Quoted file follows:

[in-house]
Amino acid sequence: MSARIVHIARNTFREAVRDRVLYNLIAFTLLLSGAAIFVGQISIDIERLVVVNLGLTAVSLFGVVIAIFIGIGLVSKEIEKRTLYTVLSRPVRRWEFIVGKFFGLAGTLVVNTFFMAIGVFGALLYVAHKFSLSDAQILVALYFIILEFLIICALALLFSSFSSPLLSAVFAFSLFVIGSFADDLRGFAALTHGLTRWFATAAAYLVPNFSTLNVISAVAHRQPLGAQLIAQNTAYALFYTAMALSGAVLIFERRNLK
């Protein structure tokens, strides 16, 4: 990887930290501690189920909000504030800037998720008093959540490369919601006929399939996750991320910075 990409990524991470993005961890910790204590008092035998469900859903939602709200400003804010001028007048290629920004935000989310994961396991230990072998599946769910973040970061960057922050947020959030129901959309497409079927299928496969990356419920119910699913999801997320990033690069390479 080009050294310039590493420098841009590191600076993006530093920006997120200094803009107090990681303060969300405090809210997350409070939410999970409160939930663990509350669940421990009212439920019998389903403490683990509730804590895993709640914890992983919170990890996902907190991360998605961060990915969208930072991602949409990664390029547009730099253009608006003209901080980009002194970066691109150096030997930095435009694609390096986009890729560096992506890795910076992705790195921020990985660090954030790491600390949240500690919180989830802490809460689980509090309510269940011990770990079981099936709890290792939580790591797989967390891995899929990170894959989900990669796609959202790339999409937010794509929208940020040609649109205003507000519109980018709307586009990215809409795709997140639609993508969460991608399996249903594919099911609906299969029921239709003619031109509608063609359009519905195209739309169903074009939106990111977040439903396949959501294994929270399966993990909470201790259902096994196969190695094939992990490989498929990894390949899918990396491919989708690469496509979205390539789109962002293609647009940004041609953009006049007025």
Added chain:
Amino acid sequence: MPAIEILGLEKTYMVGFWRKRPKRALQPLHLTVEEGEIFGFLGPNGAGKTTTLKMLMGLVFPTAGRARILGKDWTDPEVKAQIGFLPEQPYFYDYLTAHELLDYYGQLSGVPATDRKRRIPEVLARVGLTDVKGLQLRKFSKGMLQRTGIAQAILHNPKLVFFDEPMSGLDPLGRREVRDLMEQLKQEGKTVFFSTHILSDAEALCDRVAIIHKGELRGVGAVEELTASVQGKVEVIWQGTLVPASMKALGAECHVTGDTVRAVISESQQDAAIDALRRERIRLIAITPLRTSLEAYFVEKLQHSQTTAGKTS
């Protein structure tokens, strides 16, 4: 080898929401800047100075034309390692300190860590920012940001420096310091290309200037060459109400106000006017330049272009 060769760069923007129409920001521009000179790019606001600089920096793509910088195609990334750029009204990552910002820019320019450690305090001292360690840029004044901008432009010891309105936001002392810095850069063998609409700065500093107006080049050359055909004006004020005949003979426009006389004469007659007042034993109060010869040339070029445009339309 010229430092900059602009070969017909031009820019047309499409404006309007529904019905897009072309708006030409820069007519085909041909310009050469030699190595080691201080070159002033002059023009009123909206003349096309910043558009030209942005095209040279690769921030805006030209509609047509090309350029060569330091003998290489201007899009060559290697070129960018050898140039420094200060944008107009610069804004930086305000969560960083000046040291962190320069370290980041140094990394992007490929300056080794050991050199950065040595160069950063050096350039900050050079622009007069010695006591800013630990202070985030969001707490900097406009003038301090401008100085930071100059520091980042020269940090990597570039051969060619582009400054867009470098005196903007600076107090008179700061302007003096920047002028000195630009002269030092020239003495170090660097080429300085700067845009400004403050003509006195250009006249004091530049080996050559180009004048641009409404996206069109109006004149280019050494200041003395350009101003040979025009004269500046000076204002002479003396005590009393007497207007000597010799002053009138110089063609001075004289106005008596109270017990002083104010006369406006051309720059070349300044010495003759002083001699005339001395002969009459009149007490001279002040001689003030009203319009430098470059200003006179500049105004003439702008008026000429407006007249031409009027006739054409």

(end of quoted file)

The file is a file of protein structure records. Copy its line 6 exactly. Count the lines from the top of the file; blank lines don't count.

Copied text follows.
């Protein structure tokens, strides 16, 4: 080898929401800047100075034309390692300190860590920012940001420096310091290309200037060459109400106000006017330049272009 060769760069923007129409920001521009000179790019606001600089920096793509910088195609990334750029009204990552910002820019320019450690305090001292360690840029004044901008432009010891309105936001002392810095850069063998609409700065500093107006080049050359055909004006004020005949003979426009006389004469007659007042034993109060010869040339070029445009339309 010229430092900059602009070969017909031009820019047309499409404006309007529904019905897009072309708006030409820069007519085909041909310009050469030699190595080691201080070159002033002059023009009123909206003349096309910043558009030209942005095209040279690769921030805006030209509609047509090309350029060569330091003998290489201007899009060559290697070129960018050898140039420094200060944008107009610069804004930086305000969560960083000046040291962190320069370290980041140094990394992007490929300056080794050991050199950065040595160069950063050096350039900050050079622009007069010695006591800013630990202070985030969001707490900097406009003038301090401008100085930071100059520091980042020269940090990597570039051969060619582009400054867009470098005196903007600076107090008179700061302007003096920047002028000195630009002269030092020239003495170090660097080429300085700067845009400004403050003509006195250009006249004091530049080996050559180009004048641009409404996206069109109006004149280019050494200041003395350009101003040979025009004269500046000076204002002479003396005590009393007497207007000597010799002053009138110089063609001075004289106005008596109270017990002083104010006369406006051309720059070349300044010495003759002083001699005339001395002969009459009149007490001279002040001689003030009203319009430098470059200003006179500049105004003439702008008026000429407006007249031409009027006739054409």